Happily for visitors, nearly every activity in hearty Ireland continues on no matter what the weather. Why cancel and hide out indoors when you can bundle up and still enjoy the green beauty of the isle? Invest in a waterproof pair of boots and go hiking the trails and beaches. Grab a stout raincoat and enjoy horseback riding and sightseeing. Find a good cap and scarf and climb aboard a boat for a day of fishing. Exploring an ancient ruin in the rain? All the more romantic.

So we missed summertime this time around in Ireland? No sweat. Bring on the new sweater designs and boot liners. Layer up and try out a new slick jacket. Bundle up the baby in cozy sweaters and head out for a day enjoying the nature and beauty and authentic wildness.

The sunshine and warmth you will find in Ireland has far more to do with attitude than forecast anyway.

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Find a Penny…

copper_irish_penny_euro_bracelet_website_clipped_rev_1 Find a penny… do you pick it up? A penny may seem almost worthless these days. But a lucky penny might be the difference between fortune and destitution if you believe the legends.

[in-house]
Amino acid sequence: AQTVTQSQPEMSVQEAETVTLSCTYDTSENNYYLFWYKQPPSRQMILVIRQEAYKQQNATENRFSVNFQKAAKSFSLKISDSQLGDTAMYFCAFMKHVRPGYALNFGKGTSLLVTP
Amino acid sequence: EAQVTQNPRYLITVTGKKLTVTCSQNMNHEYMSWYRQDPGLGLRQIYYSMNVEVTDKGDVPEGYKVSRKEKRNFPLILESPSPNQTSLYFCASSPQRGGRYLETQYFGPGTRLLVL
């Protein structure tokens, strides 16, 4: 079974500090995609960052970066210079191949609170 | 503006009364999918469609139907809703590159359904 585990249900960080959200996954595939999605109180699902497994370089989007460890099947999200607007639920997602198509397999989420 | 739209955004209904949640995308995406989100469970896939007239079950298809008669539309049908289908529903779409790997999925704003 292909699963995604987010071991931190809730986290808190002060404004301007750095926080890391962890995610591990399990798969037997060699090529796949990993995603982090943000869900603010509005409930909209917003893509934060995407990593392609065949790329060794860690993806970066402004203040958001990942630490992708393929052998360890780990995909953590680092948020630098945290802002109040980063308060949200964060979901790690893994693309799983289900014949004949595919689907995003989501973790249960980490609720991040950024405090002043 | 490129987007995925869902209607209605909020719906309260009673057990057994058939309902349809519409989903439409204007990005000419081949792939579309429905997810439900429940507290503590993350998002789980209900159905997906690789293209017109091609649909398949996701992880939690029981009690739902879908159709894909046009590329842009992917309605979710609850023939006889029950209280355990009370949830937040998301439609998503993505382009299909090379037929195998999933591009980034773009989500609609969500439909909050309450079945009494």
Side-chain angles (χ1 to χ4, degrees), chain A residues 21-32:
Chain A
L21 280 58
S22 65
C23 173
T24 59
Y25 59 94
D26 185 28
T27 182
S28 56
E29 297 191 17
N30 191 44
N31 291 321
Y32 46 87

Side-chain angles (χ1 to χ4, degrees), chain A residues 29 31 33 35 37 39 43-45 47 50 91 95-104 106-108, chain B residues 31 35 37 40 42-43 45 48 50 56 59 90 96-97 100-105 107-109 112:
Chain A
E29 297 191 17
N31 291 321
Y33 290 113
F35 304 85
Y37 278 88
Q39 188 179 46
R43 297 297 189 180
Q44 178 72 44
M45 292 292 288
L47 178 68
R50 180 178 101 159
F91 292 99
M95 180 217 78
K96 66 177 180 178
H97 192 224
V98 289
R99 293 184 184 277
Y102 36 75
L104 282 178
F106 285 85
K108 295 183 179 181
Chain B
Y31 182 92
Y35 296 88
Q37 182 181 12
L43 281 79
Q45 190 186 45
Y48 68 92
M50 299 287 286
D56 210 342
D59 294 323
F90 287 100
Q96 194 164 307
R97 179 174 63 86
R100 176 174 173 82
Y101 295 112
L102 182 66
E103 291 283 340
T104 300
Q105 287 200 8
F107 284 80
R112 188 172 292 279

Though one measly cent may hardly seem worth bending down to pluck off the ground, old Irish lore tells us these found pennies belong to the “good people” and have been left there to tempt the finder to good fortune. Depending upon how you feel about fairies, pixies, leprechauns and other little creatures, you may either spit on the coin and throw it into the bushes in order to secure some good luck from them. Or you might want to pocket it and consider it a gift.

“Find a penny, pick it up. All day long you’ll have good luck. Give it to a faithful friend and your luck will never end.”

A story that is definitely minted in truth is the long-practiced Irish concept of “Luck Money”. It was common at fairs and markets to return a penny to the buyer to wish them luck with the new purchase. Some chose to return more than a mere penny, securing their status as big spenders and generous patrons.

The Irish penny dates back to 1928 when a coinage committee, founded after Ireland gained its independence in 1926, sought to mint Ireland’s own money to distinguish from Britain’s monetary system. Poet William Butler Yeats was the chair of the committee and the winning design came from the Book of Kells. One side features an Irish harp, a national symbol, and the other a hen and chicks, to symbolize the national economy.

The Irish penny, made from copper, was minted from 1928-1968 and weighs about one ounce. After production ceased, many of the copper coins were melted down, making authentic Irish pennies a real find today. A lucky find, you could say.

Many of those rare coins are found in America as it was a common custom for loved ones to place a penny in an emigrant’s pocket with the blessing, “May your pockets never be empty.” The Irish-Americans held on to their Irish pennies as a connection to the homeland.